The average price of a domestic round-trip ticket in the United States for travel between Memorial Day and Labor Day was $526, up more than 21% from 2019, according to data from Airlines Reporting Corp. from travel agencies.

“The demand environment is the strongest in the industry in 30 years,” United Airlines CEO Scott Kirby said on April 20 profits release.

Travelers walk through Terminal A at Orlando International Airport on Christmas Day, Saturday, December 25, 2021.

Stephen M. Doyle | Orlando Sentinel | Getty Images

Levi Strauss & Co CEO Chip Berg told CNBC last month that despite the higher prices, consumers were not trading on the cheapest denim. Levy reiterated his forecast for fiscal year 2022, which calls for revenue growth between 11% and 13% over the previous year.

But there are signs that consumer appetite may be approaching its limits.

Domestic US airline bookings in the first two weeks of April fell 2% compared to the previous two weeks, the first decline during that timeframe this year, according to Adobe Analytics. In March, bookings were up 12% from 2019, but customer spending on those tickets was up 28%.

Restaurant traffic in March fell 1.7%, according to industry tracker Black Box Intelligence. Fine dining, casual and upscale family restaurants saw the biggest jump in sales growth, but sectors are still trying to recover from the pandemic lows.

Judy Klobus, a 58-year-old mother of three and grandmother of four who lives outside Albany, New York, told CNBC that she and her husband, a retired New York City police officer, go out to dinner twice a week. Now that their meals and everything else cost more, it’s down to twice a month.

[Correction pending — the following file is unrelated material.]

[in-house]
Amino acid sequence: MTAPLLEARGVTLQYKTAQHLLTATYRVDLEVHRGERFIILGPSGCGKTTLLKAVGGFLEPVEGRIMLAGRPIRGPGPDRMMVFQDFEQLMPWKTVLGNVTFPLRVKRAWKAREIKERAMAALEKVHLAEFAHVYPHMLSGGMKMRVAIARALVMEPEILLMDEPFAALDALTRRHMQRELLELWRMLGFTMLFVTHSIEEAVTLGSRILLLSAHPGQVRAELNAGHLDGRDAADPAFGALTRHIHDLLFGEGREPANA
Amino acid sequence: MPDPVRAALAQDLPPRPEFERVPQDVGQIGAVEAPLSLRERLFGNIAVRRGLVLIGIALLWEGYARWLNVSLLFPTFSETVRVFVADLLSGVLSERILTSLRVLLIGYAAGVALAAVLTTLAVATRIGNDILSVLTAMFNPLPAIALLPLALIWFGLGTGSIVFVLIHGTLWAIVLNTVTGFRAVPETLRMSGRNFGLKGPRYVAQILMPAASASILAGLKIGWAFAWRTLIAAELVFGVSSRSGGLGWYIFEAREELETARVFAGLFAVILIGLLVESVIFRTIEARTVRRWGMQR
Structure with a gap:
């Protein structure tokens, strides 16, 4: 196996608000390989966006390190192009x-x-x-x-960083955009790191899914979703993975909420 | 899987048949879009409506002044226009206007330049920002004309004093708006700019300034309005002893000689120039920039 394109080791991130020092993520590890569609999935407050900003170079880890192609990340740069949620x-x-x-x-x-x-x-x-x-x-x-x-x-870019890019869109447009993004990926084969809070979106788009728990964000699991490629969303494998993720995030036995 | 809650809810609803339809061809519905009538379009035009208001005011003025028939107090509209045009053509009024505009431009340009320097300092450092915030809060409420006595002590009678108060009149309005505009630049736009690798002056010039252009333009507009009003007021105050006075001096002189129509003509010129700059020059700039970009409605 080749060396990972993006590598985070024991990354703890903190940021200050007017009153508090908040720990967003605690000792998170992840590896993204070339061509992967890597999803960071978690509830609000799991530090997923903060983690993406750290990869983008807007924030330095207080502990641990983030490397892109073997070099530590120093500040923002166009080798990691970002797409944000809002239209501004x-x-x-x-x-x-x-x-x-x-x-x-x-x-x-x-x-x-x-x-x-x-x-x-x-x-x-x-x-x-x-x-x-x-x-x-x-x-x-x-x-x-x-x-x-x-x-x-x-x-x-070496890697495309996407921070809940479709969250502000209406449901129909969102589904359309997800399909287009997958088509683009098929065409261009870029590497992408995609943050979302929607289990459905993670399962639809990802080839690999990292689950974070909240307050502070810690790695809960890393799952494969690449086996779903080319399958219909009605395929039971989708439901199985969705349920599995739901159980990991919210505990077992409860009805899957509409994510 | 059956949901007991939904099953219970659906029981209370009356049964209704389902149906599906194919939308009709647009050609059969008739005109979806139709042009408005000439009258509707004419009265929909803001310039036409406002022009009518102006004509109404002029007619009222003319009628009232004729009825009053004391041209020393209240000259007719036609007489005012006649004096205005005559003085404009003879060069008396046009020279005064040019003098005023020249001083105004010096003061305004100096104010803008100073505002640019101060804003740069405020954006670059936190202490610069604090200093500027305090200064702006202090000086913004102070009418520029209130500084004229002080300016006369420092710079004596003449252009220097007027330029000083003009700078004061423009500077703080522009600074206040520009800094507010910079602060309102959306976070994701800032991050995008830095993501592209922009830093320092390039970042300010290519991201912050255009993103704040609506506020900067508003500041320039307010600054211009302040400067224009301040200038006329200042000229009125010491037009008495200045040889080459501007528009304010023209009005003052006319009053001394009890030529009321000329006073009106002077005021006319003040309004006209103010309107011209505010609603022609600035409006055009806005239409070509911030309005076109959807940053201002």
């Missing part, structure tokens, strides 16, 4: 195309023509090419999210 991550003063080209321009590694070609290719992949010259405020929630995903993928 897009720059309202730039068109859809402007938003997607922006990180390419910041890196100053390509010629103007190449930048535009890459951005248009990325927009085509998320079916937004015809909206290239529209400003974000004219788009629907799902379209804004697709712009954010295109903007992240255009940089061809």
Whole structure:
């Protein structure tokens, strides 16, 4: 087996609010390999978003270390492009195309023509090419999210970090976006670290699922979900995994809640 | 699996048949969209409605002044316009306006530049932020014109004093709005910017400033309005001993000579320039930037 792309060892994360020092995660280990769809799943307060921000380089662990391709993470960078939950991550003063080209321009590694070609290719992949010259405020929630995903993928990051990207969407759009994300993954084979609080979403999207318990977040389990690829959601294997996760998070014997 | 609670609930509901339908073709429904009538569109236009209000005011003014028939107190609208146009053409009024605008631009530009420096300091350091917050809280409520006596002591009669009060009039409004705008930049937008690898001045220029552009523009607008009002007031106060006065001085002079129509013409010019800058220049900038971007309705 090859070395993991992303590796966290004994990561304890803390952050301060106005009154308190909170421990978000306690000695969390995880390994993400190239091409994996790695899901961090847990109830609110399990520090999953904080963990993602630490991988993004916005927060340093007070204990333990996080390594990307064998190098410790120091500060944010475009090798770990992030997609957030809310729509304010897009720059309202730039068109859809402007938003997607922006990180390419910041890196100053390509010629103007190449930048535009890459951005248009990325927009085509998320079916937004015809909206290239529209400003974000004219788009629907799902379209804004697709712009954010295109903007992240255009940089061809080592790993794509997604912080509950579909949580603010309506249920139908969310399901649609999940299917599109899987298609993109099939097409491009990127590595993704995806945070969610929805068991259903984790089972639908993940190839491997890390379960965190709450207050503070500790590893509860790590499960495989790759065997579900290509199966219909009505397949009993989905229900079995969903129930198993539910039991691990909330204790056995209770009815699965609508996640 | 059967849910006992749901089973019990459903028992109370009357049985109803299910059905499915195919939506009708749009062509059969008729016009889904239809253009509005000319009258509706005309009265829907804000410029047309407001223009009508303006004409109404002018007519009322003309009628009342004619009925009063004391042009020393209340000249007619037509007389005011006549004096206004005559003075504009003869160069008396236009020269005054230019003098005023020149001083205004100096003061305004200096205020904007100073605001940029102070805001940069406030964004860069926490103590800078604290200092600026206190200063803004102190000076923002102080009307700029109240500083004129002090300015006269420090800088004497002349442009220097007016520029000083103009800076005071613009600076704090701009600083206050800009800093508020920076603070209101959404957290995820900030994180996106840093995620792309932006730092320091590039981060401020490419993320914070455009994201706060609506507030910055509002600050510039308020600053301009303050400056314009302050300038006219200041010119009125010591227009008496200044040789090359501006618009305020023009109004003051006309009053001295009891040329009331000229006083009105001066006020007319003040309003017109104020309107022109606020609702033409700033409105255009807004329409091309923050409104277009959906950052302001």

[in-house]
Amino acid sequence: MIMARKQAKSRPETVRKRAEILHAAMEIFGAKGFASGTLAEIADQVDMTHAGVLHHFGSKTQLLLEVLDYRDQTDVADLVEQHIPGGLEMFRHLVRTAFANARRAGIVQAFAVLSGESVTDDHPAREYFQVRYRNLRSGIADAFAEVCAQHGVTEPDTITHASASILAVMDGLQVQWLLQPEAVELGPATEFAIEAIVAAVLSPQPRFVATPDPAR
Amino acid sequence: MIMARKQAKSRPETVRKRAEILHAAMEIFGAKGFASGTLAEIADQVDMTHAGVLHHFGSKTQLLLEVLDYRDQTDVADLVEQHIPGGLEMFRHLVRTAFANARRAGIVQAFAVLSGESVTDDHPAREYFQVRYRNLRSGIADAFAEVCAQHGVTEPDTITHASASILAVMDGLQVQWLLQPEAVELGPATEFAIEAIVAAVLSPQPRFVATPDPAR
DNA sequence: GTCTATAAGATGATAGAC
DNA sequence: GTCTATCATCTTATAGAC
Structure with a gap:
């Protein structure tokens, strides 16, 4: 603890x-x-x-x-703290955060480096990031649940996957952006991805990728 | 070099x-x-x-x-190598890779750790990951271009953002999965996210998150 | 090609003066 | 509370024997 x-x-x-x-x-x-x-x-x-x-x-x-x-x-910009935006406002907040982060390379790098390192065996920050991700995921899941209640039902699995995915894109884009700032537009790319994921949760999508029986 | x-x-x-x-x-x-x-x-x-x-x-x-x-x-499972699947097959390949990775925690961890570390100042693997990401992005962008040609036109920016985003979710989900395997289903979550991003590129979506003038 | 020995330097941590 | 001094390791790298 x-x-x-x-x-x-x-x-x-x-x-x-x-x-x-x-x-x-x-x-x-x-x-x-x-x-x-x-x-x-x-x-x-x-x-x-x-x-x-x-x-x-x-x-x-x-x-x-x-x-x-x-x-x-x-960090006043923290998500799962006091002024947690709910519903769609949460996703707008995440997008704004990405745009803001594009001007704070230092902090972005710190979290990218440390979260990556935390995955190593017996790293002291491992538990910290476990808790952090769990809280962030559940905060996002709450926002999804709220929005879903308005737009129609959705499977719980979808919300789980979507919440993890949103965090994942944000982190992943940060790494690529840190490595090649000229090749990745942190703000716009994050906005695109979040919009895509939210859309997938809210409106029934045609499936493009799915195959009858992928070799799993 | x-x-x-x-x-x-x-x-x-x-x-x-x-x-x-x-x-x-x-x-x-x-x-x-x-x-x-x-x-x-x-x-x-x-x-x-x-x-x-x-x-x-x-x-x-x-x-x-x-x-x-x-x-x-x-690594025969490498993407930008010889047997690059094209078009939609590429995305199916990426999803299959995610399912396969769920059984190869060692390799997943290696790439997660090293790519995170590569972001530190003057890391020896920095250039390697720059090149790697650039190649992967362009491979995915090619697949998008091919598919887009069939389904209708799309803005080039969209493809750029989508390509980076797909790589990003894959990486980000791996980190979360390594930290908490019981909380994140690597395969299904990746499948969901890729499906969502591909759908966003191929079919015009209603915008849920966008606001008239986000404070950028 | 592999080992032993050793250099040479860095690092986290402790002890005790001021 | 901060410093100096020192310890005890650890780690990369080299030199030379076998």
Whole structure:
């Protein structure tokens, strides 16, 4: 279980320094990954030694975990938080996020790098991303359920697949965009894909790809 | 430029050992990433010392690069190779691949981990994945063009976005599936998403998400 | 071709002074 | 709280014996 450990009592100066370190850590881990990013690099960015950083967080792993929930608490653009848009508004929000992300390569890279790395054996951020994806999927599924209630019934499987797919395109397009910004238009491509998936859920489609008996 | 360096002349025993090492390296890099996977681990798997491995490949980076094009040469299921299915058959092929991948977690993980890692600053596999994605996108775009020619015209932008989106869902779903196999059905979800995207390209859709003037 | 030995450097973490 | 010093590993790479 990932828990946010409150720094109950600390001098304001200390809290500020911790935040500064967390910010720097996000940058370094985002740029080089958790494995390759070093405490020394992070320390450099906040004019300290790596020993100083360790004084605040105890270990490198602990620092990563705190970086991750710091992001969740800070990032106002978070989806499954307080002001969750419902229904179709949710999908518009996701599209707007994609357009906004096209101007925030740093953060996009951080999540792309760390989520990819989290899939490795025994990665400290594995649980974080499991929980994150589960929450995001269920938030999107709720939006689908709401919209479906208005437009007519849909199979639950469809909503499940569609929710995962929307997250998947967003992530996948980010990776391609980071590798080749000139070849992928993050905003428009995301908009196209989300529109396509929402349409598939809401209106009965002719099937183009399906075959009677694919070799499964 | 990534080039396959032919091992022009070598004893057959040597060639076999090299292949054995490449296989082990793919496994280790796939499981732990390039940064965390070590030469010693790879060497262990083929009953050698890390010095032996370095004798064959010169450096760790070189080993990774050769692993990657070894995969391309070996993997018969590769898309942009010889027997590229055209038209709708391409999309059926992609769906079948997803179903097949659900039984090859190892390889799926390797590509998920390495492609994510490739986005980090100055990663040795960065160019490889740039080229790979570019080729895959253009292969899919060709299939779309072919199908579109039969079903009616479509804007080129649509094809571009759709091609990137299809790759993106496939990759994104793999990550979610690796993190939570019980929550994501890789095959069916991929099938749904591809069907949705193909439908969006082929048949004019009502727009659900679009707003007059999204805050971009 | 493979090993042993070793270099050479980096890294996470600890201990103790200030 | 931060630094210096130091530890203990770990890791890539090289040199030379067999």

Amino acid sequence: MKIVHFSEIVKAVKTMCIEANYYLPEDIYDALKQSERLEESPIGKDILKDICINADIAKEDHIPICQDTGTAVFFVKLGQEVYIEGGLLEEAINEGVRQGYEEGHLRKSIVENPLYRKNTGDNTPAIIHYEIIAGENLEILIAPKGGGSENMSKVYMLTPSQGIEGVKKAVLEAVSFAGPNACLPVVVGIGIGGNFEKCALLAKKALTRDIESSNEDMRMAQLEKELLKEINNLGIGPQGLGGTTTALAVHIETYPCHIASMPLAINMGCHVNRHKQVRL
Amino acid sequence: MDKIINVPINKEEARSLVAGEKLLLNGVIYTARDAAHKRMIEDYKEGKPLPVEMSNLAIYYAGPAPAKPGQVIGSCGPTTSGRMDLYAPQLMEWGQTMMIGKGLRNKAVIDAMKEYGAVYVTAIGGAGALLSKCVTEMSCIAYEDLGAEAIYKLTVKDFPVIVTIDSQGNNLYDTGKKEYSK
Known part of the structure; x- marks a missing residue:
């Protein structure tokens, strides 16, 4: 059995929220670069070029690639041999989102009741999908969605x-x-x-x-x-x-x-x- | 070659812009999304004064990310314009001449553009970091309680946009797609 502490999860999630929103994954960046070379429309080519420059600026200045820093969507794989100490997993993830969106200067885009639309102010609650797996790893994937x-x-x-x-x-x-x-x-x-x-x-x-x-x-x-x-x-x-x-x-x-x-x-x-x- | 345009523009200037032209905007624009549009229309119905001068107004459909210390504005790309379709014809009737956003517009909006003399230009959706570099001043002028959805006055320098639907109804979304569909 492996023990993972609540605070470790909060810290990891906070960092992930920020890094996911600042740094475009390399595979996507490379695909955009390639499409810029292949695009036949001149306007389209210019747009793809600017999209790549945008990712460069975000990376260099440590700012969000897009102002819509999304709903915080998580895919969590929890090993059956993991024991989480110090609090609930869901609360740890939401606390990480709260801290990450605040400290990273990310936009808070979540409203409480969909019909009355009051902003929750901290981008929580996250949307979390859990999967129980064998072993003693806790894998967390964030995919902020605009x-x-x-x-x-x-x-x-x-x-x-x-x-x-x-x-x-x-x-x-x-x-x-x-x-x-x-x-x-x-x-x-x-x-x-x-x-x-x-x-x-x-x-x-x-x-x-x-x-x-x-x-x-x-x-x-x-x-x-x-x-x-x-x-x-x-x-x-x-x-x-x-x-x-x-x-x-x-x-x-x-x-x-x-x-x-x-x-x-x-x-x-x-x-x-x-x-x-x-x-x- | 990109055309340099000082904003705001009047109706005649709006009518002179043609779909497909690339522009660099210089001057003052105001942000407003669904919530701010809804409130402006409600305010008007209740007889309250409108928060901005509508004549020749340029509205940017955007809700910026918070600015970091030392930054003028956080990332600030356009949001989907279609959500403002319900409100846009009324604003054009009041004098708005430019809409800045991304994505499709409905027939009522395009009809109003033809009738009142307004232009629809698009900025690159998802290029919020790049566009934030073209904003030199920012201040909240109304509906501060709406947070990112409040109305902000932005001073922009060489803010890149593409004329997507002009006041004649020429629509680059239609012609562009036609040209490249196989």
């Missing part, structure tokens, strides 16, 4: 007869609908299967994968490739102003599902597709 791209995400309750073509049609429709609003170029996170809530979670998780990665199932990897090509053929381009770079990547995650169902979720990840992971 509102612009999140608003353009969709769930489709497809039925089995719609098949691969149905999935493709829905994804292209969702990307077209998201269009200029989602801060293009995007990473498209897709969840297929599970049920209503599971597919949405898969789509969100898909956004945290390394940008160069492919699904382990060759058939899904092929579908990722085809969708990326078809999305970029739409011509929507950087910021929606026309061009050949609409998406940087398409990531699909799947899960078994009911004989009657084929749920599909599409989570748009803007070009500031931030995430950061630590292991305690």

“I feel it in the pocket,” Klobus said.

Coming Challenges in 2023

There are other looming risks that could hinder consumer spending, even if the impact is not immediate. rentals march higher The property taxes are not fully compensated The skyrocketing rise in house values.

The Federal Reserve aims to tackle inflation through raise interest rates. This translates to Higher borrowing costs for homebuyers and credit card users.

In the fourth quarter, US credit card balances rose by $52 billion, the largest quarterly jump in 22 years for New York Federal Reserve data, but still down $71 billion from the end of 2019.

US credit card delinquency rates have risen to 1.62% from a more than three-decade low of 1.48% in the second quarter of last year, still far from the 6.6% peak reached in the first quarter of 2009, which is the end of the tail The great. Recession, according to the Federal Reserve Bank of St. Louis.

“For this year, consumer spending should remain resilient,” said Chu, an economist at Bank of America. “For next year, it’s less certain – certainly as the second half of next year approaches, the risks of a further slowdown could emerge in the consumer.”

I am only complaining about the prices.

Cindy Maher

Bloomfield, Connecticut

Boeing Chief Executive Dave Calhoun said Wednesday that demand for new aircraft from airlines is recovering thanks to renewed demand for travel. However, it is unclear whether Americans will continue to squander flights in the coming months or if they will reach the point where they will cut back.

“In that second year, when inflation starts hitting consumers’ pockets, that’s when those numbers really start to affect us,” Calhoun said in an interview with CNBC’s “Squawk on the Street.”

Right now, many consumers, like Cindy Maher, 58, who owns a leadership development consultancy and lives in Bloomfield, Connecticut, feel comfortable enough to maintain their spending habits.

“I’m not cutting back,” she said. “I’m just complaining about the prices.”

Maher said she noticed about 7 loaves of bread and it cost $70 to fill her car tank. But, she said, in her dual-income family, she can afford these costs.

“My heart goes out to those who have low-paying jobs,” she said.

– CNBC channel Amelia Lucas And John Roseveer Contribute to this article.